Sometimes, when I say my children don't go to school, people will say, "Oh, you must be so organized", or "I could never do that", or "I wouldn't have the patience".
I get questions like "Do you teach them yourself?", or "Do you take a break for the summer?"
Well, the answers would be...not particularly organized, if I can do it, anyone can, and I am definitely NOT a patient person.
And no, I don't "teach" them, nor do we take any breaks, because we don't have a schedule and because we don't really "do" school.
The children learn from living their lives. It could be called "self-directed learning", "self-schooling", "life learning" or "enthusiasm-led learning".
But whatever you call it, they learn what they want to learn when they want to learn it.
As a result of being immersed "in the real world" (in other words, being home with me, coming out grocery shopping, enjoying time with friends of all ages, planning and making meals, earning money with some part-time work) they are absorbing so much.Yes, there are going to be some "gaps" in their "education" but then none of us knows everything. I think, however, that some of the things they ARE learning are very practical as far as everyday life is concerned. My three boys have never been to school. Whenever you step "out of the box", there's a risk, and sometimes a niggling doubt in the back of your head, but if you can hold the belief that you're doing the best thing you can for yourself and your children at this particular time, then things have a way of working themselves out.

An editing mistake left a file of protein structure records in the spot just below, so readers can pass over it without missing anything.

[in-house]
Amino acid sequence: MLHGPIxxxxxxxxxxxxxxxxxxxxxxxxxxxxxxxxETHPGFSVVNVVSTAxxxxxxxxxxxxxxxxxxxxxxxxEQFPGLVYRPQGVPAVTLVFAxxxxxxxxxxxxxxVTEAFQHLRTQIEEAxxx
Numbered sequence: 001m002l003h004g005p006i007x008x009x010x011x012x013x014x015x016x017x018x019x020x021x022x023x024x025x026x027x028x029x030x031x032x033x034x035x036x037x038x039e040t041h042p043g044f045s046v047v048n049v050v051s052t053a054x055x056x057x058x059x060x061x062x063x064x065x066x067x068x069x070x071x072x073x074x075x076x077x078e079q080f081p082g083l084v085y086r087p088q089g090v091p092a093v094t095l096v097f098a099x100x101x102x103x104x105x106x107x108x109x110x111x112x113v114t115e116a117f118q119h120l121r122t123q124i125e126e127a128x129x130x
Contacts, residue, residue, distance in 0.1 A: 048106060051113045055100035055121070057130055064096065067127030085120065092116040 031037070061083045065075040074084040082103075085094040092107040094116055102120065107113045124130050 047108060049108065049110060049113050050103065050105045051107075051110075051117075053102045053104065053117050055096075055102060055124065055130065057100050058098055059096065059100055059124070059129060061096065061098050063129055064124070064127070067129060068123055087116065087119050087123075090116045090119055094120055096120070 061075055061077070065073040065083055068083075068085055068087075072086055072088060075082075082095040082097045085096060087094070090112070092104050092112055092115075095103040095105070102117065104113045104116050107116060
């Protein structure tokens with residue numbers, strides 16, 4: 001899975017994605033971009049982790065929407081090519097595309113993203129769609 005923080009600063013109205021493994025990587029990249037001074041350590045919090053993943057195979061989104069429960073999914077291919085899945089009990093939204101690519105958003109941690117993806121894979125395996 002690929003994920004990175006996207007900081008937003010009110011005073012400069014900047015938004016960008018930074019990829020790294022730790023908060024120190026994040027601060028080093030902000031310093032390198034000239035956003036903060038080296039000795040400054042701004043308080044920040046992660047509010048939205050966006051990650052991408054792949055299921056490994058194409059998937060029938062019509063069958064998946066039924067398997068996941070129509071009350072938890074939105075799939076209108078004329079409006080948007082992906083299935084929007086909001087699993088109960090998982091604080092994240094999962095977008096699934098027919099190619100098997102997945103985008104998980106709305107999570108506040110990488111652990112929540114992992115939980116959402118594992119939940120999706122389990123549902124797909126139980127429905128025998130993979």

My now-teenager rebelled against workbooks at the age of 7. Being the first child is always hard, I think, as the parents are learning with you! Over the years, the children have had to endure a cycle of me getting insecure and thinking I had to teach them something, and then realising that if I step back and get out of the way they really will learn. And they learn it because they want to, which means that they will remember it and use it.
My teenager has totally immersed himself in his computer. I would like to see some balance there - eating, sleeping and computer time are his life right now. However, he has taught himself so much from building and using his computer, setting it up with Linux, reading library books, listening to podcasts and googling the information he needs, that his knowledge far exceeds mine.
Way back when the children were small, people used to say, "How are you going to teach them when they get to high school age?" I have said all along that we take it one year at a time and if they need to know something that I can't help them with, they can find someone who can (and mentors really do appear when needed).
Right now, the 12 and 9 year olds are loving being immersed in Lego and reading and listening to books on CD. They spent 3 hours playing outside in the snow today with their sleds. They have the time to just be kids.